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Oz on Film, Part Twelve: The Oz Film Company's Manufacturings, Part Six

An advertisement in "Moving Picture World" about the Oz Film Manufacturing Company and its features.
An advertisement in "Moving Picture World" about the Oz Film Manufacturing Company and its features.Moving Picture World

The Oz Film manufacturing Company’s two Oz book-based movies, while having no stated continuity between them, can nonetheless be comfortably considered as happening in the same version of Oz, despite key characters (the Scarecrow, the Tin Woodman, and the Wizard) being played by different actors in each picture. It can be easily deduced that His Majesty, The Scarecrow of Oz happens first, considering that the eponymous hero is brought to life and then rises to power in that movie, while in The Patchwork Girl of Oz he has become a citizen of the Emerald City, which is now ruled by Princess Ozma.

Trying to connect the two exclusively Oz-based films with The Magic Cloak of Oz is somewhat trickier, although one mystery is cleared up. The unknown and rather monkeylike critter which the Cowardly Lion fights with and scares off in Scarecrow is identified in Magic Cloak as a Zoop.

Indeed, including the Lion fighting the Zoop, more footage from Scarecrow was used in Magic Cloak when we see three familiar-looking witches besetting and then flying from Nickodemus; the same had happened to the Mule (possibly Hank himself) who helped Dorothy and Pon escape from Mombi.

An echo of the literary Oz is found in Magic Cloak in the brainless but dangerous Rolly Rogues, whose fanaticism for soup recalls the Scoodlers of The Road to Oz—though it must be pointed out that the Rolly (rhymes with “holy”) Rogues want people to make soup for them rather than to be soup for them.

The “Lazy Lion” of Magic Cloak has been misidentified as the Cowardly Lion by some sources, though of course the costume is the same, and indeed a tiger (Dave Anderson) turns up in the suit used for the Hungry Tiger as he appeared in the trial scene in Patchwork Girl.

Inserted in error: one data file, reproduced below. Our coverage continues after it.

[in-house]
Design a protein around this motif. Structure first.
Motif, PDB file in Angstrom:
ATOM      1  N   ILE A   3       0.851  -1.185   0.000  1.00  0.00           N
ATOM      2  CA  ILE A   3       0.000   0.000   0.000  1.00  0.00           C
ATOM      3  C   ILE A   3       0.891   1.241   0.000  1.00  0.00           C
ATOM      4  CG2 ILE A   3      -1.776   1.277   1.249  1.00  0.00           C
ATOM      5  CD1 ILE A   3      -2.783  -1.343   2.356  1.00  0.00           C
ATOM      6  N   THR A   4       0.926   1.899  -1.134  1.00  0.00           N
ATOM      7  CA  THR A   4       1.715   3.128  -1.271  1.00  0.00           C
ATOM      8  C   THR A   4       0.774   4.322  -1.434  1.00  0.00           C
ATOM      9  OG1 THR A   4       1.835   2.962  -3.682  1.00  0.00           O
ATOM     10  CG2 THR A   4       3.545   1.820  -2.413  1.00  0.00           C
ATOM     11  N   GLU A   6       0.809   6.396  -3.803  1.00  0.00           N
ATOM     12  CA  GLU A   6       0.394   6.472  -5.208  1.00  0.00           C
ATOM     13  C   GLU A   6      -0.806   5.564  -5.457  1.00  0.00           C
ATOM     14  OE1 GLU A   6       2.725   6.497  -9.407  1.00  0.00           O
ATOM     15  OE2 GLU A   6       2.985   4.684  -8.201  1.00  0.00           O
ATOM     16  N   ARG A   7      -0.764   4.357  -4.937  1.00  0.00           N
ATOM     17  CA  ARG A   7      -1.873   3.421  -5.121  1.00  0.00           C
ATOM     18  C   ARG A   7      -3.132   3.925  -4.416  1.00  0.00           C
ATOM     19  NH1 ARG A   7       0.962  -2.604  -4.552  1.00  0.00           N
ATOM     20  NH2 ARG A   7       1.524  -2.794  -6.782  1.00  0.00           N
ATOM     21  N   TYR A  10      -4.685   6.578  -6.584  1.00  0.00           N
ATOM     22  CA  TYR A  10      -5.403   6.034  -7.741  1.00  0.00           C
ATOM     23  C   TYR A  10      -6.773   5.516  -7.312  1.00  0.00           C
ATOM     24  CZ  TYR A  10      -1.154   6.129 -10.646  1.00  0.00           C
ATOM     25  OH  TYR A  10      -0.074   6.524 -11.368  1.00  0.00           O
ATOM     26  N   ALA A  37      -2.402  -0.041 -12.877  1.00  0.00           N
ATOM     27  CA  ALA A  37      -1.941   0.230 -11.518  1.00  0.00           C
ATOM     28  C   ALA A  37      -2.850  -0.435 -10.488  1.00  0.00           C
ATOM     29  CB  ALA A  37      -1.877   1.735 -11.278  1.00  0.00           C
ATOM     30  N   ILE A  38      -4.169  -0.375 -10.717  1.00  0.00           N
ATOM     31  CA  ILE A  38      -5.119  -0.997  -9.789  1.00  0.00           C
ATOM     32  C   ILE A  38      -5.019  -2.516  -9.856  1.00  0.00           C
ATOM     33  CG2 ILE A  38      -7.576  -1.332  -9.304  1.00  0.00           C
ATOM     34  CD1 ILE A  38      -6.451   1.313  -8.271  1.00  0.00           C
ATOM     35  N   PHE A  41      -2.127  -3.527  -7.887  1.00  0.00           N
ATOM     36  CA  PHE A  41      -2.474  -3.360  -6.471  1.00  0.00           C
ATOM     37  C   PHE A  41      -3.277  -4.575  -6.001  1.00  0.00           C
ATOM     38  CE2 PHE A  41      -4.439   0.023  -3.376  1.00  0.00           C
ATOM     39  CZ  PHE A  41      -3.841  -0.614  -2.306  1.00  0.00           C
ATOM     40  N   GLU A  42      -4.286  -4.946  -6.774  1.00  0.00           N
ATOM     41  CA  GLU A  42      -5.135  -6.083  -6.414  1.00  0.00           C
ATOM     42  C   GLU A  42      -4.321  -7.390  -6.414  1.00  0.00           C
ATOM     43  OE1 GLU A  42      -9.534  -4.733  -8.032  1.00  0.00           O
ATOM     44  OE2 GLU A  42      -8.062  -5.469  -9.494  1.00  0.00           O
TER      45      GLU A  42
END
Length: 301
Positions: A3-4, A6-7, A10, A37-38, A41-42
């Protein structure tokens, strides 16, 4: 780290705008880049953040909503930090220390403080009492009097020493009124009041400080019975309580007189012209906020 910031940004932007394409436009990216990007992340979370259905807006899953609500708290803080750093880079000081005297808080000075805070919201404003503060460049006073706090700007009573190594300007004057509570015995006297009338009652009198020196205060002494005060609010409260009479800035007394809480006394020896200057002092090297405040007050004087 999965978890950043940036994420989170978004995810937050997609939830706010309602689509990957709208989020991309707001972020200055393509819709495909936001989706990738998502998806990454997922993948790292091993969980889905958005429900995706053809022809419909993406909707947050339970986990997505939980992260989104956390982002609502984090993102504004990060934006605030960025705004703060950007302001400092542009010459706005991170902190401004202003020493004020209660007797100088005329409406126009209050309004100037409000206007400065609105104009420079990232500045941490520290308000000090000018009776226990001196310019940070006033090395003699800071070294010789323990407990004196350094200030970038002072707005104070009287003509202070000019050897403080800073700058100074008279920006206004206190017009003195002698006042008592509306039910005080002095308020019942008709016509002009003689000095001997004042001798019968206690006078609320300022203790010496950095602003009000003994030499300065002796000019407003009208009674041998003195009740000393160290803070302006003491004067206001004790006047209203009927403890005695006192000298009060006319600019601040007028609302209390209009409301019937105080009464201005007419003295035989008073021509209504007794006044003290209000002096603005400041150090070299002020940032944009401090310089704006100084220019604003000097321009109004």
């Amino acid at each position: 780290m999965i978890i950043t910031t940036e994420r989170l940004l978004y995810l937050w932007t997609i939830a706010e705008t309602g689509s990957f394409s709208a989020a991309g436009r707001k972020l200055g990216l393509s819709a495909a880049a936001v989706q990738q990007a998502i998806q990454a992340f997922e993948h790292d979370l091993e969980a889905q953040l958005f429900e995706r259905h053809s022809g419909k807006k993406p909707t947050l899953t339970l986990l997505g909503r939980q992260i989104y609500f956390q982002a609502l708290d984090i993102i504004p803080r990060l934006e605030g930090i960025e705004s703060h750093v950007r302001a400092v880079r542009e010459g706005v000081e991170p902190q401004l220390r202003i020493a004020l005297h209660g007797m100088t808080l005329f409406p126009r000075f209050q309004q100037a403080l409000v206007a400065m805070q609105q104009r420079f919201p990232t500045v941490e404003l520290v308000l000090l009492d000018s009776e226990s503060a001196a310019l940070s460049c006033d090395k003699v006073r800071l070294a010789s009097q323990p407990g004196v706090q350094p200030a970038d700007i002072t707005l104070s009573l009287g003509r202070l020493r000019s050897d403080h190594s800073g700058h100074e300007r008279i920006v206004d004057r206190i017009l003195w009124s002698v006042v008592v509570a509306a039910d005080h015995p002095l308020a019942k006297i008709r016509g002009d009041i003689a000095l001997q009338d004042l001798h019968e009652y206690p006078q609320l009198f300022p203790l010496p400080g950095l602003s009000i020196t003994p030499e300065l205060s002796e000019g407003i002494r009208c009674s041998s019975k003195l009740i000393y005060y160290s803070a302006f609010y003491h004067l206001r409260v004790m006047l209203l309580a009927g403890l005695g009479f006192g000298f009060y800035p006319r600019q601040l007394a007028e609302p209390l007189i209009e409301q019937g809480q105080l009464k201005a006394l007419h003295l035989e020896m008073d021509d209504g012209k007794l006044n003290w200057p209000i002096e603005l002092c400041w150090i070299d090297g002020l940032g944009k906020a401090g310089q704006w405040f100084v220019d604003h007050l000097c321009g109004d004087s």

Speaking of costumes, it is worth mentioning that they are uniformly brilliant. From the elaborate uniforms of soldiers who appear in all three films to the diaphanous gowns of princesses and other royal ladies to the furs and braids of kings and lords to the myriad animal costumes—some of those astonishingly lifelike—we can see where much of the budget for these films went.

The costumes for the Scarecrow and Tin Woodman, it should come as no surprise, strongly resembled those worn by Fred Stone and David Montgomery, whose respective portrayals of those characters were still fond memories in many people’s minds (including Baum’s).

The sets were fancifully designed and always impressive, though some seemed a little too small to accommodate the large crowds which filled them. No sets were used to simulate outdoors; every exterior shot was done on location.

Allan Eyles, in his book The World of Oz, written to coincide with the 1985 release of Disney’s movie Return to Oz, said of Baum’s Oz films that for him the outdoor scenes did not work; he felt fantastical characters needed fantastical surroundings, but this Examiner disagrees; to me, the atmosphere of fantasy pervades each frame.